Reopening business

Reopening business

Unless you are like Twitter and have decided to allow your people to work from home “forever”, the chances are that you are contemplating the challenges of enabling your people to return to the workplace. In fact although the Twitter move was described in a BBC report as an ‘era-defining moment,’ even that company has said that its people can opt to return to office working once conditions allow.

That aside, with some essential businesses having remained open or partially open throughout the crisis whilst others are contemplating their place in a phased return to work, how should businesses prepare for the ‘new normal’ of office working whilst social distancing? A good place to start might be the Department for Business, Energy, and Industrial Strategy (BEIS) guidance which covers offices, contact centres and similar indoor environments.

The guidance looks at a range of topics including practical areas such as office cleaning and the wearing of PPE, as well as examining how businesses can maintain social distancing or safely manage visitors to the office. Before moving on to consider these areas the BEIS document opens with a recommendation which will be familiar to all business leaders, thinking about risk.

Making the point that employers have a legal responsibility to protect workers and others from potential risks to their health and safety, the guidance highlights the importance of every business carrying out an appropriate risk assessment before sharing it with the workforce and others. BEIS comments that they would expect all businesses with more than fifty employees to publish the results of the risk assessment on their website and would encourage others to do so wherever possible.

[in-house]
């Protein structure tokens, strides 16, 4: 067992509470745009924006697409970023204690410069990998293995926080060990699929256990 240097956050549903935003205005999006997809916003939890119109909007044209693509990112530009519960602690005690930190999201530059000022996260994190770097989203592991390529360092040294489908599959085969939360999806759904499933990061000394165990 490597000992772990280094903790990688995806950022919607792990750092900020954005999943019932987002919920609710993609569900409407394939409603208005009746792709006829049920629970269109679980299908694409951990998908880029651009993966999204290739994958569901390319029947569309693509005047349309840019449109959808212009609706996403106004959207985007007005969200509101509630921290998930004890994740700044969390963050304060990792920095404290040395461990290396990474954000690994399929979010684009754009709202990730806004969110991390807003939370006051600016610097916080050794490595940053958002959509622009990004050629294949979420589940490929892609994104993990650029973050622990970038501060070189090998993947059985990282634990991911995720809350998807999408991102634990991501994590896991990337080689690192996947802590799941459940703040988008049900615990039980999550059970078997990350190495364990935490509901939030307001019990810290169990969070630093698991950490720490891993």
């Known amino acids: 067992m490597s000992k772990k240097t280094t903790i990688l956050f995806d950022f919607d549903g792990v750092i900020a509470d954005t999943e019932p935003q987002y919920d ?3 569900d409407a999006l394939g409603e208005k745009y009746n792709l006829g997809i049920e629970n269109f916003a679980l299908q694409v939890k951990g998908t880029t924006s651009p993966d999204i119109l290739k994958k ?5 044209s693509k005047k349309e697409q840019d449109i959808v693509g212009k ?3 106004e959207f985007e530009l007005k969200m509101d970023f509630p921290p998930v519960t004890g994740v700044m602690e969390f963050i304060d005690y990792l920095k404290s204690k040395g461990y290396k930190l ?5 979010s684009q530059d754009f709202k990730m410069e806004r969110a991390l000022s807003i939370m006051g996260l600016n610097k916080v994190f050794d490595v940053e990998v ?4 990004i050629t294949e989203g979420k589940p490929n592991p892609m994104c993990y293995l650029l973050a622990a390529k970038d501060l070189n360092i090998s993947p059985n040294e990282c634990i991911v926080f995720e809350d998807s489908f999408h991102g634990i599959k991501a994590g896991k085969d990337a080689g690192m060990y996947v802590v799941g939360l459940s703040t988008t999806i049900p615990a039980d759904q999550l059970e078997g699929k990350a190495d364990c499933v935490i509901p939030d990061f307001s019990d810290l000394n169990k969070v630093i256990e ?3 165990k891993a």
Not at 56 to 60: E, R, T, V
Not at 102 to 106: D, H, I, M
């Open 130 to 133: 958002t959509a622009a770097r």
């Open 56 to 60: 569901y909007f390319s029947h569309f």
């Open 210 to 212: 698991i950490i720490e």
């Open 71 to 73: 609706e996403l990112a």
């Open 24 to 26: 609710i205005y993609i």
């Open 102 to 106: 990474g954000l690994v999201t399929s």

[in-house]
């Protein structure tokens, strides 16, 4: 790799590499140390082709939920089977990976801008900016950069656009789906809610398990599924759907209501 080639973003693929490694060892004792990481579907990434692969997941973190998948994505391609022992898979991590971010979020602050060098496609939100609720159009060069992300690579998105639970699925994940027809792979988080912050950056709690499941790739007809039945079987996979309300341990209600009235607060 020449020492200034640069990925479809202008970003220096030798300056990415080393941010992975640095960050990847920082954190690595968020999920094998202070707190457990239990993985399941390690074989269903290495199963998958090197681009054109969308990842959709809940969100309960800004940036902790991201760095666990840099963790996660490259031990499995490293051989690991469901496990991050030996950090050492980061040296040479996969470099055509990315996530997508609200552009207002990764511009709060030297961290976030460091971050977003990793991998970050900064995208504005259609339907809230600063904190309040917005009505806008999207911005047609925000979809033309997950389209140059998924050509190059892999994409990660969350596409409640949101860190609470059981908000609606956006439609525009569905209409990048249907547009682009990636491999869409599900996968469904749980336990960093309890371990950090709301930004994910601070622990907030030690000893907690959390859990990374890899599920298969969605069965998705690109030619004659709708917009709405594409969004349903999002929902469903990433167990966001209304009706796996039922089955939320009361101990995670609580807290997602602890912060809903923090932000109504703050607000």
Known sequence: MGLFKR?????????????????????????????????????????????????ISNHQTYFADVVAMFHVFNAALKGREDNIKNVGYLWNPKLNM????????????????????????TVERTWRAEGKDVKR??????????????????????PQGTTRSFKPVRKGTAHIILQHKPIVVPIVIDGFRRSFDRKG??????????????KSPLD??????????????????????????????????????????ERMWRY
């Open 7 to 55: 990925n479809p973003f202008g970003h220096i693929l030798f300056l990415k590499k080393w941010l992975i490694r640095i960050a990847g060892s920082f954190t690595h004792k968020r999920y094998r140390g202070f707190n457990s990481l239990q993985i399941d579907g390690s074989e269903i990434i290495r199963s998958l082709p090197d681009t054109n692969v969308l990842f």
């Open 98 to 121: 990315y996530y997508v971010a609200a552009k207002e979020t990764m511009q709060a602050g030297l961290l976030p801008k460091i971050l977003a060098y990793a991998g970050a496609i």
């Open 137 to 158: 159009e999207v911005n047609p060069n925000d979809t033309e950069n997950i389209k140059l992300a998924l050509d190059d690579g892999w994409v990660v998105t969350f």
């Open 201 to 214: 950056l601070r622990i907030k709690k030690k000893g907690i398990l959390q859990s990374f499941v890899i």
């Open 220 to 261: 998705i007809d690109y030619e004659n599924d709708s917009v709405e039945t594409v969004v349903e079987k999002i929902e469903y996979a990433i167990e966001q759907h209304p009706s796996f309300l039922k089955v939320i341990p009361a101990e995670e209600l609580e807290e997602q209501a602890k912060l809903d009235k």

Either way, employers are also reminded of the importance of consulting with their workforce or any workforce appointed representatives before drawing up appropriate health and safety policies. The BEIS guidance also includes an official notice of compliance with the recommendations which employers should display in their workplace.

One area for particular consideration is the ongoing government requirement for everyone to continue to work from home unless they cannot work from home. Identifying which individuals should attend the office and which can continue to work from home isn’t simply a matter of looking at job roles. Arrangements need to be made in respect of employees who are at higher risk or who need to continue to self isolate.

There will also need to be a review of the requirements of those who continue to work from home, ensuring that they have an appropriate level of support and equipment in order to carry out their role. BEIS also highlight the importance of considering equality legislation when drawing up return to work plans, ensuring that actions taken do not discriminate against individuals or groups of workers.

Nick Lindsay
nick.lindsay@gmail.com
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